Utah v. Evans, 536 U.S. 452, 12 (2002)

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Cite as: 536 U. S. 452 (2002)

Opinion of the Court

ing a lawsuit prior to conclusion of the census, implicitly forbids a lawsuit after its conclusion. And it supports this reading by pointing to a legislative finding that it would "be impracticable" to provide relief "after" that time. Id., 209(a)(8).

This statute, however, does not say that it bars postcensus lawsuits. It does not explain why Congress would have wished to deprive of its day in court a State that did not learn about a counting method's representational consequences until after the census is complete—and hence had little, if any, incentive to bring a precensus action. Nor (as we have just explained), if a lawsuit is brought soon enough after completion of the census and heard quickly enough, is relief necessarily "impracticable." We read limitations on our jurisdiction to review narrowly. See Webster v. Doe, 486 U. S. 592, 603 (1988); see also Bowen v. Michigan Academy of Family Physicians, 476 U. S. 667, 670 (1986). But see National Railroad Passenger Corporation v. National Assn. of Railroad Passengers, 414 U. S. 453 (1974) (special circumstances warrant reading statute as limiting the persons authorized to bring suit). We do not normally read into a statute an unexpressed congressional intent to bar jurisdiction that we have previously exercised. Franklin; Department of Commerce v. Montana, 503 U. S. 442 (1992). And we shall not do so here.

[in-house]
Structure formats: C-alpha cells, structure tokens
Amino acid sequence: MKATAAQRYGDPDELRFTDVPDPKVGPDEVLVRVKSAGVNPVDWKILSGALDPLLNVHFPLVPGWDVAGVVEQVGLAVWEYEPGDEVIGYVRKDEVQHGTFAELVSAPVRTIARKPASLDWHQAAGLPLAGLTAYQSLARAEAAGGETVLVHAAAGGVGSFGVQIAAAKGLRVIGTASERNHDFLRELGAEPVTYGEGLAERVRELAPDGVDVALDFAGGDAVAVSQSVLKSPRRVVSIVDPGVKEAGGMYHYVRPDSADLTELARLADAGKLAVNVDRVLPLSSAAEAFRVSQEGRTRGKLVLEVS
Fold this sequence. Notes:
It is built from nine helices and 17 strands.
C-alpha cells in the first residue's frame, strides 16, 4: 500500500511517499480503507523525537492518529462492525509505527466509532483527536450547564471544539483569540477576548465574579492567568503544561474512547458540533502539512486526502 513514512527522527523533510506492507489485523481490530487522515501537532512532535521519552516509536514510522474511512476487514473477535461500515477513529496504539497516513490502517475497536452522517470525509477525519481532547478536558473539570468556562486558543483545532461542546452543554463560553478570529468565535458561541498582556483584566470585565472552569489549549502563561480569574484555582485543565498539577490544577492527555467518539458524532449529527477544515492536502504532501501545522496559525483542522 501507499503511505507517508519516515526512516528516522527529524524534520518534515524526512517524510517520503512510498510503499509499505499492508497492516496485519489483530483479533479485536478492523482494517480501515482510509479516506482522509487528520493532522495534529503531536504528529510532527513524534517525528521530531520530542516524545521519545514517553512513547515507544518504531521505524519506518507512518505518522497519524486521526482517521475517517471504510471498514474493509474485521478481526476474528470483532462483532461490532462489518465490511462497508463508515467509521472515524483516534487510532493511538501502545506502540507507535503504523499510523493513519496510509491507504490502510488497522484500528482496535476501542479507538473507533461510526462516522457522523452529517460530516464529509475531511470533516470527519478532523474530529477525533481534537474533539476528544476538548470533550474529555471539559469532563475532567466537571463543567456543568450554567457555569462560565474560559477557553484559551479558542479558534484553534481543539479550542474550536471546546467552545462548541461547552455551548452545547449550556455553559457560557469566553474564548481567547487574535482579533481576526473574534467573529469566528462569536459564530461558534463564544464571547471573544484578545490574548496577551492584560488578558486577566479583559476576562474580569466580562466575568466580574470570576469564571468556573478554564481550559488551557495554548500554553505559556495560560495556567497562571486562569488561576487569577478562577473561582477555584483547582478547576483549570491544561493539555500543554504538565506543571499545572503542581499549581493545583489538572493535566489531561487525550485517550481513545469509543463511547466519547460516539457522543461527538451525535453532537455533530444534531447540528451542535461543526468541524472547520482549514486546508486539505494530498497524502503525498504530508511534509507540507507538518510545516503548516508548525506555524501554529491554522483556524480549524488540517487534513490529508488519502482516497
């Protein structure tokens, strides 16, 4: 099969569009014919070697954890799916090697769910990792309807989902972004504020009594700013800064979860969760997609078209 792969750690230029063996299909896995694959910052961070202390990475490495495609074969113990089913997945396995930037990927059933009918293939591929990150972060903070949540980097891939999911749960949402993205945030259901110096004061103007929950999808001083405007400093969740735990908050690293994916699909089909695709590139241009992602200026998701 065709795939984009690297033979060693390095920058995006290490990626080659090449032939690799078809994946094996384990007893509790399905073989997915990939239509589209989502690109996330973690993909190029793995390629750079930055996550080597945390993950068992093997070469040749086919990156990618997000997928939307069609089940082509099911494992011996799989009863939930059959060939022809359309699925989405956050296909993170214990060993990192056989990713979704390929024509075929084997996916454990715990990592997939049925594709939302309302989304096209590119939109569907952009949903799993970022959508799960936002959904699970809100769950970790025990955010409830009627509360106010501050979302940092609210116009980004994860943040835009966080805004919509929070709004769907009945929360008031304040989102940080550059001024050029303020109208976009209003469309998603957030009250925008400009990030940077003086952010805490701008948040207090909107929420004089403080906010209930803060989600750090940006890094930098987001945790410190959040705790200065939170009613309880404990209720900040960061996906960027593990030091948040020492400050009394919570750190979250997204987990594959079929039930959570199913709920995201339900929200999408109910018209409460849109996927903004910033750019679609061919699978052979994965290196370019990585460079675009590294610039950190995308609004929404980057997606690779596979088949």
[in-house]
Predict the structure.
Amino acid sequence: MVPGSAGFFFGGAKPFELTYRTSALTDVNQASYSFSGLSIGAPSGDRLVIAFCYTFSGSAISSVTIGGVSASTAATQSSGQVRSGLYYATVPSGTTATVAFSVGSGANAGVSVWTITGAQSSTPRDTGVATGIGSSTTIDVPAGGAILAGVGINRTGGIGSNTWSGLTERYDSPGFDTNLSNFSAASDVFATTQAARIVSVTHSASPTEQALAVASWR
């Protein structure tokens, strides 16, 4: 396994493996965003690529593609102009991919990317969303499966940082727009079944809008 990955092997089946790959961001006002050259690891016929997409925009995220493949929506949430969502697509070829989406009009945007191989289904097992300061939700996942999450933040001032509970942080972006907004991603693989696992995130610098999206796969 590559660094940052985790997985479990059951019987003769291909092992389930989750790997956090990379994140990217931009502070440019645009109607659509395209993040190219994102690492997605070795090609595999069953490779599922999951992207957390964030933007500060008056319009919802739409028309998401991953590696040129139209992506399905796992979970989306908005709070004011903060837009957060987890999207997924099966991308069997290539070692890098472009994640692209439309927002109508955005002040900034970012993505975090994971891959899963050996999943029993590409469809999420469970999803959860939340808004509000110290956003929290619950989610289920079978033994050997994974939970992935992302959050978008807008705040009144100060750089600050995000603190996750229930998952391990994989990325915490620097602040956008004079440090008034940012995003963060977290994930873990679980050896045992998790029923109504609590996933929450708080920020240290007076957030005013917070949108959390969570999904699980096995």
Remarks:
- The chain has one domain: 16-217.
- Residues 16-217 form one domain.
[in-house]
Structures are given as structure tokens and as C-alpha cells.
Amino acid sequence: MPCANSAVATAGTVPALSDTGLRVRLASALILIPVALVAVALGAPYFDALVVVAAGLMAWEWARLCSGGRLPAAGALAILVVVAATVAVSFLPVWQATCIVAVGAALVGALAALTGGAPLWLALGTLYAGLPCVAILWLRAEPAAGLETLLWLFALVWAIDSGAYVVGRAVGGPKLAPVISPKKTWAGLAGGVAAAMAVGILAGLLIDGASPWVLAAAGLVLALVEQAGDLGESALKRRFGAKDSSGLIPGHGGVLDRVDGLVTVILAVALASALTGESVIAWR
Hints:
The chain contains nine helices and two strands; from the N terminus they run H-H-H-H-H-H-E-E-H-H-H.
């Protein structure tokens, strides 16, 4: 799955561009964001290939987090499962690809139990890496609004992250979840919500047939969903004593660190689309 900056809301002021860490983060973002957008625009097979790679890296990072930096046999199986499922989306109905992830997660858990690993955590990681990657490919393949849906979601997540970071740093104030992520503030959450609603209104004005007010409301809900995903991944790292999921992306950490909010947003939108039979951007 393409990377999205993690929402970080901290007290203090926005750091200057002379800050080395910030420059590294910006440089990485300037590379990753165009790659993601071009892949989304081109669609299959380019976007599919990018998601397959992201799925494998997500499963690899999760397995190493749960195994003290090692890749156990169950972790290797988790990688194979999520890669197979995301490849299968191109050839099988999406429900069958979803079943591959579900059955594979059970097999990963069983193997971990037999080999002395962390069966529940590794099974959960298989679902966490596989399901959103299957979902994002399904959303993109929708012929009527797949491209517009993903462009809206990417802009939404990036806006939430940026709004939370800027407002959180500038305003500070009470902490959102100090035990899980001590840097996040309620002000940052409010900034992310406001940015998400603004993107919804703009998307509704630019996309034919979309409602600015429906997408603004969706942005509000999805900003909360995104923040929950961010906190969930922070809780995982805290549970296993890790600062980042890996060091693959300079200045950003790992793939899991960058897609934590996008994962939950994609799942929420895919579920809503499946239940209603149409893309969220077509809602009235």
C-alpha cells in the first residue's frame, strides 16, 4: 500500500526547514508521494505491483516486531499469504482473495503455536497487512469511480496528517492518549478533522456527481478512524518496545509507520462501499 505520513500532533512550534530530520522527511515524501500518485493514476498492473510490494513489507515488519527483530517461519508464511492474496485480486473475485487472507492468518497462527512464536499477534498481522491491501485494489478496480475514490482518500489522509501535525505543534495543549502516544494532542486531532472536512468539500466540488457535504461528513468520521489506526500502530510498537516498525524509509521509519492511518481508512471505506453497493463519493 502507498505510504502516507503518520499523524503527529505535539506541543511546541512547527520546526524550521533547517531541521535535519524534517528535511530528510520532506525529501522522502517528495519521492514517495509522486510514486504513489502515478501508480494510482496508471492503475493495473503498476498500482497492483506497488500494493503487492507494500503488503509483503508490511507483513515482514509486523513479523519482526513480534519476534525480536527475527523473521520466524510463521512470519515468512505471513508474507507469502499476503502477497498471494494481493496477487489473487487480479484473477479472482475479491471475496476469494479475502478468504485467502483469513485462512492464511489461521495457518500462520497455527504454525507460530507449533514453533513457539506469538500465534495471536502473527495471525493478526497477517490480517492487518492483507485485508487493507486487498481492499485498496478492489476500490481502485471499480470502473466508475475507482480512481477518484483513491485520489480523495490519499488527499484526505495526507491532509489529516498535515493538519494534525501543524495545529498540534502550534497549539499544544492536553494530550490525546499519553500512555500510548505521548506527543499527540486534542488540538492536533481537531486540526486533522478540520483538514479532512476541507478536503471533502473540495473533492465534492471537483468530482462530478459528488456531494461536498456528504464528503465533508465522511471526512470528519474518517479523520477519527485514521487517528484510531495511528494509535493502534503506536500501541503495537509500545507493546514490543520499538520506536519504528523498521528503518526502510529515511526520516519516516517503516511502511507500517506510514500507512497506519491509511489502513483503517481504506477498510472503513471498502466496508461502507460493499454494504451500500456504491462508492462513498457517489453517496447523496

Neither statute posing an absolute legal barrier to relief, we believe it likely that Utah's victory here would bring about the ultimate relief that Utah seeks. Victory would mean a declaration leading, or an injunction requiring, the Secretary to substitute a new "report" for the old one. Should the new report contain a different conclusion about the relative populations of North Carolina and Utah, the relevant calculations and consequent apportionment-related steps would be purely mechanical; and several months would remain prior to the first post-2000 census congressional election. Under these circumstances, it would seem,


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